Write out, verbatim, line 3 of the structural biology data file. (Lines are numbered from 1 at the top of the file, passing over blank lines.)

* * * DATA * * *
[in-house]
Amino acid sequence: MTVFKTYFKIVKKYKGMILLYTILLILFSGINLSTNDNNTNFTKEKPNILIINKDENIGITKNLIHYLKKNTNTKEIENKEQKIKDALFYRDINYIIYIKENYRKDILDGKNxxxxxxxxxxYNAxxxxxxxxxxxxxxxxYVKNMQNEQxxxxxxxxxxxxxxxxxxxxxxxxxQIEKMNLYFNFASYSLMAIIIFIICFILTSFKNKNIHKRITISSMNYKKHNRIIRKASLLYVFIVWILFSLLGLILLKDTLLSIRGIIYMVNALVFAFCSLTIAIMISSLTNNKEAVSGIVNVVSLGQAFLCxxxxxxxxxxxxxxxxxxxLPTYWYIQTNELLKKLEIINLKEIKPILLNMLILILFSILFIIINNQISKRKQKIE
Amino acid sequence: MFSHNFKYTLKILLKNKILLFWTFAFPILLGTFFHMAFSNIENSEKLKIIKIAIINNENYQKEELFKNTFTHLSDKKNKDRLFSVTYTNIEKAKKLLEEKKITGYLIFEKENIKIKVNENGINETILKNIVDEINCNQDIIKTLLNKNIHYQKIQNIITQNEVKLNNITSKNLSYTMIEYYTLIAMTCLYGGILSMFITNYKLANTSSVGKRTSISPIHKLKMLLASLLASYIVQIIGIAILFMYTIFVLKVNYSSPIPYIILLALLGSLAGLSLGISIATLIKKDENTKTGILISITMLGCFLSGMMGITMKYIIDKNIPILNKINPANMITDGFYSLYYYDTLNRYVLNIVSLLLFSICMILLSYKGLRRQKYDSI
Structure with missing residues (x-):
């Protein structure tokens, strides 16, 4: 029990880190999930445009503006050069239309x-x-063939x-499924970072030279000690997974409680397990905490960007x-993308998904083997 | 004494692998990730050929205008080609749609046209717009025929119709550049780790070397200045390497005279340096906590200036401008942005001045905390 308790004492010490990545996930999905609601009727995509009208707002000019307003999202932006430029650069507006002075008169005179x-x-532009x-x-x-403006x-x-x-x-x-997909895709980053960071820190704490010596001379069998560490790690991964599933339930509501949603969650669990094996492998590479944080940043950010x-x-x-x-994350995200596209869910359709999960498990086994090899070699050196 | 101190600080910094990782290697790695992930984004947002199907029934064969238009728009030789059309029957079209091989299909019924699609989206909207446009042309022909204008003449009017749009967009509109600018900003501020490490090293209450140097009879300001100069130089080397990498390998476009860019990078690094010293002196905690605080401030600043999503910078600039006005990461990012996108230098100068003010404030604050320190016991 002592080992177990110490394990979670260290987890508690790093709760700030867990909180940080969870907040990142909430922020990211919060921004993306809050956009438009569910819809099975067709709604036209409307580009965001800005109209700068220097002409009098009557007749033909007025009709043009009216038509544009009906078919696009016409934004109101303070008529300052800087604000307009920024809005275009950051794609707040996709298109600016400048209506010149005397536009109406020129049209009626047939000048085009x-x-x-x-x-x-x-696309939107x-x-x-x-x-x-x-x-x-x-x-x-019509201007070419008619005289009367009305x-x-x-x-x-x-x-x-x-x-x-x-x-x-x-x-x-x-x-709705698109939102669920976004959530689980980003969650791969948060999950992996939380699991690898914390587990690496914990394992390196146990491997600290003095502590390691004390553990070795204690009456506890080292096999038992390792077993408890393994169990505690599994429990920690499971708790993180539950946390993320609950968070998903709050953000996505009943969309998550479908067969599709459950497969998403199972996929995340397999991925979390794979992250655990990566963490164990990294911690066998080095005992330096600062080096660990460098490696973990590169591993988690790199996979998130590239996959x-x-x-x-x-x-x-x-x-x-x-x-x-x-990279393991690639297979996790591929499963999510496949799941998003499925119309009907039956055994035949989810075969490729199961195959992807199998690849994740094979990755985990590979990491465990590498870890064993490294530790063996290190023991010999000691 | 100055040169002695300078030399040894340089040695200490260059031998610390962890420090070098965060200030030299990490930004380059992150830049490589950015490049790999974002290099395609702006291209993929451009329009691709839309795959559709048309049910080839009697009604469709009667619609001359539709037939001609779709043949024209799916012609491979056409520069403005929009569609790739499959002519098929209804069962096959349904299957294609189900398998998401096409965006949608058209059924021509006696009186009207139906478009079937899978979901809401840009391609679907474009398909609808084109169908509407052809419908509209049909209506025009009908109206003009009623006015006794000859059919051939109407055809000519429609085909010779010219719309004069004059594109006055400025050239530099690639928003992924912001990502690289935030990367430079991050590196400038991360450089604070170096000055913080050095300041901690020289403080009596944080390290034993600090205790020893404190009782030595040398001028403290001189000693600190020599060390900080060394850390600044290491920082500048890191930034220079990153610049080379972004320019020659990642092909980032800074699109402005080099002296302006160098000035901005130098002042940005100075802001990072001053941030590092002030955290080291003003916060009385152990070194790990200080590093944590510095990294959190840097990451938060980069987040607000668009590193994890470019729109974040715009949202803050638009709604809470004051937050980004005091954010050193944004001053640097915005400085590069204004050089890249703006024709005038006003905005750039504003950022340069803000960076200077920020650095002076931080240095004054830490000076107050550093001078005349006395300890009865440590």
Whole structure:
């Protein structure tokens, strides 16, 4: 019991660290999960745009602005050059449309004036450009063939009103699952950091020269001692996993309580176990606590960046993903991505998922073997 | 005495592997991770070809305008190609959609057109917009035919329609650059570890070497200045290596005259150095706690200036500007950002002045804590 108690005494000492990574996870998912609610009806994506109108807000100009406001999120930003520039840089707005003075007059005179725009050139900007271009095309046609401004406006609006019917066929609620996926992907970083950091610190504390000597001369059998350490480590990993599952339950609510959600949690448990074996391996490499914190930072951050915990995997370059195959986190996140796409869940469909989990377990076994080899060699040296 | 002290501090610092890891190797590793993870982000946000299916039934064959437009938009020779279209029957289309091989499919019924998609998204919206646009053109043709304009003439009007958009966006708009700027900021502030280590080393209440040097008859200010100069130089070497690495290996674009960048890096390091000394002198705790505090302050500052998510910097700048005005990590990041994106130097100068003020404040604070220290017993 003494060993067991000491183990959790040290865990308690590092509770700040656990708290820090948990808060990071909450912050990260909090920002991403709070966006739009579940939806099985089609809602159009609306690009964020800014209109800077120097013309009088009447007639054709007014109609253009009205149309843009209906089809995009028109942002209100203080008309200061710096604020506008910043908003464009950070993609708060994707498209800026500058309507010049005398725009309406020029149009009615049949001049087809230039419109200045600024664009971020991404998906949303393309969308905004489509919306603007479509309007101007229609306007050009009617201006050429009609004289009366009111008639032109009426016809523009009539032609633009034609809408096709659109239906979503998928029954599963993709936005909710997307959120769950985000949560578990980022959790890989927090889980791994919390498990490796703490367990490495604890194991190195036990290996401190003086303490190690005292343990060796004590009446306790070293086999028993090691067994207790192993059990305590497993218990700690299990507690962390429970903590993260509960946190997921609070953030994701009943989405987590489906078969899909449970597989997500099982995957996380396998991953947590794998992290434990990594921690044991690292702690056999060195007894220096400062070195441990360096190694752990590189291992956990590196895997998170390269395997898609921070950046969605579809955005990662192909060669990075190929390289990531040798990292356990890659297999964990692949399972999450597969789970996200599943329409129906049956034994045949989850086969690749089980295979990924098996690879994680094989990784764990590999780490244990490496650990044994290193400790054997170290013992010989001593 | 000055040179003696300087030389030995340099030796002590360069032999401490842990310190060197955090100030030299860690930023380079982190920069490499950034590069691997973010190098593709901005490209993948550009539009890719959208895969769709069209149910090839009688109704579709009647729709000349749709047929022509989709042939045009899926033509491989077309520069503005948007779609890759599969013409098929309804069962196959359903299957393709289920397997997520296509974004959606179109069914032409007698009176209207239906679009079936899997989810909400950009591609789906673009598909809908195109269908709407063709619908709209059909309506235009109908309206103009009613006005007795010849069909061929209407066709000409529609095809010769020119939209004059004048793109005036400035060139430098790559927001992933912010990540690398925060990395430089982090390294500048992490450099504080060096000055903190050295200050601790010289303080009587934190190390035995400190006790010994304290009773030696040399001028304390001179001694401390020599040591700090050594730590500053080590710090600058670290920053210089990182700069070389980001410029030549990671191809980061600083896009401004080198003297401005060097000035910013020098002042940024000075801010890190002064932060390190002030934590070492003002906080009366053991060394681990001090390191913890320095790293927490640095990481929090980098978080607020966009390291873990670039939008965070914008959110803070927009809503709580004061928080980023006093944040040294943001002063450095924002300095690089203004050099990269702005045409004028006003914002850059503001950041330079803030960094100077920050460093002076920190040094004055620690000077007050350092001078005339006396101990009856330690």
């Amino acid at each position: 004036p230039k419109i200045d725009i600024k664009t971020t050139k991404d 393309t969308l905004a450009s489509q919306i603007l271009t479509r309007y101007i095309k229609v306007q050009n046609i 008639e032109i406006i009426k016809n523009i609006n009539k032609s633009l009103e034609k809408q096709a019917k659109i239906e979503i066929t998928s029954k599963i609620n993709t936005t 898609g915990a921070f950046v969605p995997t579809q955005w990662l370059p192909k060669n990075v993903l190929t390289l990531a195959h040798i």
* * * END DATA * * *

Amino acid sequence: MFSHNFKYTLKILLKNKILLFWTFAFPILLGTFFHMAFSNIENSEKLKIIKIAIINNENYQKEELFKNTFTHLSDKKNKDRLFSVTYTNIEKAKKLLEEKKITGYLIFEKENIKIKVNENGINETILKNIVDEINCNQDIIKTLLNKNIHYQKIQNIITQNEVKLNNITSKNLSYTMIEYYTLIAMTCLYGGILSMFITNYKLANTSSVGKRTSISPIHKLKMLLASLLASYIVQIIGIAILFMYTIFVLKVNYSSPIPYIILLALLGSLAGLSLGISIATLIKKDENTKTGILISITMLGCFLSGMMGITMKYIIDKNIPILNKINPANMITDGFYSLYYYDTLNRYVLNIVSLLLFSICMILLSYKGLRRQKYDSI